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Nuts4Nuts—you’ve seen them, ate them, or at least smelled them while walking down the city streets. A New York City staple, Nuts4Nuts carts are especially popular in Manhattan, enticing pedestrians with their sweet, nutty smell and sparking temptation in taste buds—especially tourists who are new to the carts. But what many don’t know is the entrepreneurial story behind Nuts4Nuts, which has its roots outside of the country.

The official story (the one on the Nuts4Nuts website) goes like this: The honey roasted nuts came to New York City from Buenos Aires, Argentina, where they were called “Mani Garripanda.” And if we want to go back even further, Nuts4Nuts further states that the recipe dates from the 1920s, when the French brought honey-roasted pralines to Argentinians, who then started “experimenting with peanuts.”

Image via Nuts4Nuts

Image via Nuts4Nuts

The New York Times adds some more context, explaining that the Argentines “trace the origins” of the nut vendors to an Argentine man named Jorge Aguirre, who started selling them in the mid-1980s and “gradually enlisted” Argentine men to help him. One of them was Alejandro Rad, who began selling honey-roasted nuts on his own when he came to the U.S. in 1989. Over time, he “began with one pushcart and grew steadily.” As more Argentinian immigrants arrived here, they naturally sought to find work as Nuts4Nuts vendors.

New York City’s first roasted nut cart debuted in 1993, then branded“Nuts About Nuts” by Rad. Then in 1998, the name was changed to “Nuts4Nuts.” Today, Rad co-owns United Snacks, Inc., which supplies almost 100 pushcarts around New York City.

 A Nuts4Nuts vendor. Image via Flickr/Heather Wizell

However, there is a competing Chilean version of the story, according to a 2002 article by The New York Times. They reported on how the rivalry between Chile and Argentina was causing tension between Argentinian and Chilean Nuts4Nuts vendors who had neighboring carts on West 46th street.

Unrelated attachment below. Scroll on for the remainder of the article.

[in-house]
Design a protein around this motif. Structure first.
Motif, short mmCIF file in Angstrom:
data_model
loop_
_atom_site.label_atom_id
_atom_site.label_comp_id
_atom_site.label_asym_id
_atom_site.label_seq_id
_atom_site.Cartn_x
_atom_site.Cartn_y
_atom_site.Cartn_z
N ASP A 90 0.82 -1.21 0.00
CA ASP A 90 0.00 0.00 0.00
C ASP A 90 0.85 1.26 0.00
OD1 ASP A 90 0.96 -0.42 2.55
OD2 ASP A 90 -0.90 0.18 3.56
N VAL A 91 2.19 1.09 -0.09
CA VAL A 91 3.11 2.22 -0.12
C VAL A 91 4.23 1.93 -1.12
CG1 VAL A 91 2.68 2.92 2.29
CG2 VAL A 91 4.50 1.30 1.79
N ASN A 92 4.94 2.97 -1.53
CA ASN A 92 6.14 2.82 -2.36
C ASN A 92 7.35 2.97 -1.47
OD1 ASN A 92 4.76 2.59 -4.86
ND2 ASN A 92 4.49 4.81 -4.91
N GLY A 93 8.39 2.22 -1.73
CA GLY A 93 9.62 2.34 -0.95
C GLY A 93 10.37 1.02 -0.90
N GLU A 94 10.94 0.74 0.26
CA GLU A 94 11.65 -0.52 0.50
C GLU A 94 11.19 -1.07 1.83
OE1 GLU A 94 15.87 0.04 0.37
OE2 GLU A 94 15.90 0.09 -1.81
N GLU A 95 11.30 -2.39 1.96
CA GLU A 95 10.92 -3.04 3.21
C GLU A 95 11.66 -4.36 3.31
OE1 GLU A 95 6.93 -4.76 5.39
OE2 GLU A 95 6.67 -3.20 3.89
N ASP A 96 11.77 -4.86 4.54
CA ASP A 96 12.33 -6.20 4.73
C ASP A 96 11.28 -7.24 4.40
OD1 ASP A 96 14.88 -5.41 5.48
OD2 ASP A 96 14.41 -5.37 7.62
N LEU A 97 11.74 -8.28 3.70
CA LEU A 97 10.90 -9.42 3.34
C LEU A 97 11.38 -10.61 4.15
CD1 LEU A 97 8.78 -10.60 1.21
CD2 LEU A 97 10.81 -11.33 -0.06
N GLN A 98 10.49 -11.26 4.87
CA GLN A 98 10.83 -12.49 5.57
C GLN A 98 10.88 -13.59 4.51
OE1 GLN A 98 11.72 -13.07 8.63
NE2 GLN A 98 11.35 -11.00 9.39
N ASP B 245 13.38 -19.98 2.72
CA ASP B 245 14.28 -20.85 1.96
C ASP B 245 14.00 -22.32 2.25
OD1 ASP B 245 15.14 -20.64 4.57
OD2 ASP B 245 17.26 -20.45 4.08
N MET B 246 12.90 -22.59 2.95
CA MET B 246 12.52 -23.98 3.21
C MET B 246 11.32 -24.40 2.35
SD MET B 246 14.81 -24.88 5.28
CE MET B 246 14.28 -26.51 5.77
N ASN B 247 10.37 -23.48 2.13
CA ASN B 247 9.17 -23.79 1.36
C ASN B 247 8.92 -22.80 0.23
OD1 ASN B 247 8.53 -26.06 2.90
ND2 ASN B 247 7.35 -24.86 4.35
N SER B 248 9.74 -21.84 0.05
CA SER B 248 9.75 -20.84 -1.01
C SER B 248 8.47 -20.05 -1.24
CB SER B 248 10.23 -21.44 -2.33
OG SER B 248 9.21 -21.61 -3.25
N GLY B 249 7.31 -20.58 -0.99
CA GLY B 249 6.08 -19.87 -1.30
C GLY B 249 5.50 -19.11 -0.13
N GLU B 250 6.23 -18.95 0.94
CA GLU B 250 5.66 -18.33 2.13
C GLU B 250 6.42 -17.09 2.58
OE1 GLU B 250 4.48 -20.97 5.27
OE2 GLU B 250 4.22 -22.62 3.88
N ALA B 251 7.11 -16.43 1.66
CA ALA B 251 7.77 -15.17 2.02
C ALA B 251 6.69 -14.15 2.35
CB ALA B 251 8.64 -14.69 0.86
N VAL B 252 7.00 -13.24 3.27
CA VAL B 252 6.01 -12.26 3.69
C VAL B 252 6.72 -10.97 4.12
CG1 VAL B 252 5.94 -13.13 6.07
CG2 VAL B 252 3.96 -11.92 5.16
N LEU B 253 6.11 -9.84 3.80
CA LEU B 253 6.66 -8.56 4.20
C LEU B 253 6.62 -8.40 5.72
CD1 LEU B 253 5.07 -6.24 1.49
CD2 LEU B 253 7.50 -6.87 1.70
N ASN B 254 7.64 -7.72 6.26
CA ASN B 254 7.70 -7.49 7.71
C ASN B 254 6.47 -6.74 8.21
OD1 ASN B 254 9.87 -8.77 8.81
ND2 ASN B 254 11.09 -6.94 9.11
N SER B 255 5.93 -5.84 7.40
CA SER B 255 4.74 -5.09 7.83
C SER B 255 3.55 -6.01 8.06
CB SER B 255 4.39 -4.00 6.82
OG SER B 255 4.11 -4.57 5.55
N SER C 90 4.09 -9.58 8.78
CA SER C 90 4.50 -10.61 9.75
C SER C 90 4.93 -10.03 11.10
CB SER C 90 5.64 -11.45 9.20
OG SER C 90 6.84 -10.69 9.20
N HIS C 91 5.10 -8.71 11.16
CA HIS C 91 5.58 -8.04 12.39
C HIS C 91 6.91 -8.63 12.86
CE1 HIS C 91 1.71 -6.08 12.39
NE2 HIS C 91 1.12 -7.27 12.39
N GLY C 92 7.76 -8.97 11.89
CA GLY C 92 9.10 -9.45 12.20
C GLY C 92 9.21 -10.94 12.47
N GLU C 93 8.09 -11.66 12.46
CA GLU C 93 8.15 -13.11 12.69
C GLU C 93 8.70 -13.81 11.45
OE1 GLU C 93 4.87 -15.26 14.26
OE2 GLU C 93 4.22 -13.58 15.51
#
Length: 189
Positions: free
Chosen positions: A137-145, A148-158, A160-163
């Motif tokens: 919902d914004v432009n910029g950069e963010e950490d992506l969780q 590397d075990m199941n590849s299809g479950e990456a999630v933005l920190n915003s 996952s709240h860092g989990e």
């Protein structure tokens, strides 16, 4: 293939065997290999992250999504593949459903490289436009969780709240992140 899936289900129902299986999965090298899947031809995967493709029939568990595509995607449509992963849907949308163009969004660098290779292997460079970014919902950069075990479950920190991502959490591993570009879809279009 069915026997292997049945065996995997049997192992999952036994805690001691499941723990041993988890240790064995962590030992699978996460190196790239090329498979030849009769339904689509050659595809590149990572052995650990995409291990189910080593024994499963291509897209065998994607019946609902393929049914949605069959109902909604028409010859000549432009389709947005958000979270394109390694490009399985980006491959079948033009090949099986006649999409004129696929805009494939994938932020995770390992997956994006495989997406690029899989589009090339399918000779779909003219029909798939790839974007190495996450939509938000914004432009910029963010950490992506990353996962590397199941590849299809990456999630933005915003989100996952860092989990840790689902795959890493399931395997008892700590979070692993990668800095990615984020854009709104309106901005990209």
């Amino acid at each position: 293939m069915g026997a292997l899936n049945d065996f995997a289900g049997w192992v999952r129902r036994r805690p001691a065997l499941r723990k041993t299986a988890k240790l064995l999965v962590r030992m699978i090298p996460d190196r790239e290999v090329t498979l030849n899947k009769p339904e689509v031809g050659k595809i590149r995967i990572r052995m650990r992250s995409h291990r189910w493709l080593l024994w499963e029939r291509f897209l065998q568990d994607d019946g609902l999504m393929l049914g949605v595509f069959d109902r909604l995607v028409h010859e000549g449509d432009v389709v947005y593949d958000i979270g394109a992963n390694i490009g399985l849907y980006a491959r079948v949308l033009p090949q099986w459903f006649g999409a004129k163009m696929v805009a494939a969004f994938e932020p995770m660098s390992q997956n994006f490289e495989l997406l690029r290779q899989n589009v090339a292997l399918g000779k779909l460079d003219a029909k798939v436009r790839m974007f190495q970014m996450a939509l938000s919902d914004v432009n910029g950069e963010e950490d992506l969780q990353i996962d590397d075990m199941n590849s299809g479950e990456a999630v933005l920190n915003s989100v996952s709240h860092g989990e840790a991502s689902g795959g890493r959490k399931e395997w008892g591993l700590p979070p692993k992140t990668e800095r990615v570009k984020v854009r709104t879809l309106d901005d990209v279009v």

While the Argentinians unwaveringly stuck behind their version of the story, Chilean vendors maintained another: Nuts4Nuts began when a poor Chilean immigrant vendor named Luis Martinez (known as “El Conejo”) arrived in New York City and sold nuts from a cart to scrape some money together. He eventually earned enough to buy many carts and became wealthy. According to this version, Chileans arriving in the U.S. then sought Nuts4Nuts carts for work. El Conejo was later interviewed on TV, where he was largely portrayed as one of the founders of New York City’s roasted nut business.

El Conejo on the cover of I Love Chile

Additionally, the Argentinians even had their own version of the Chilean story: In 1991, Aguirre saw El Conejo crying on the street because he was unemployed. So Aguirre gave him work as a nut vendor, “until El Conejo was ready to strike out on his own.”

The conflicting stories are likely rooted in the historic rivalry between Chile and Argentina, which in some ways, was brought over to the U.S. However, while the vendors on West 46th did have their squabbles, the similarity of their work “has eased the rivalry for some.”

Regardless of their history, the success of Nuts4Nuts shows how immigrants help New York City thrive. What began as one man selling peanuts has thrived into a full-fledged business where vendors are trained and well-equipped to prepare the nuts. If you were to peer into a Nuts4Nuts cart or watch a vendor make them, you’d see this. The carts’ copper bowls allow for the “even and rapid distribution of heat required to get the sugar to envelop the nut with a crunchy, sweet exterior.” The nuts are simmered in hot water, sugar, and honey, with the sweet, crunchy crust forming as they cool.

Today, vendors boast a variety of nuts—usually peanuts, cashews, almonds, and pecans. Some also sell honey-roasted coconut chunks, which are apparently incredible, and it looks like you can even buy Nuts4Nuts gift cards!

Next, check out Vintage Photos: 19th & Early 20th Century NYC Street Food Vendors and What’s It Take to Become a Food Truck Vendor in NYC?

 Buenos Aires, NYC Fun Facts

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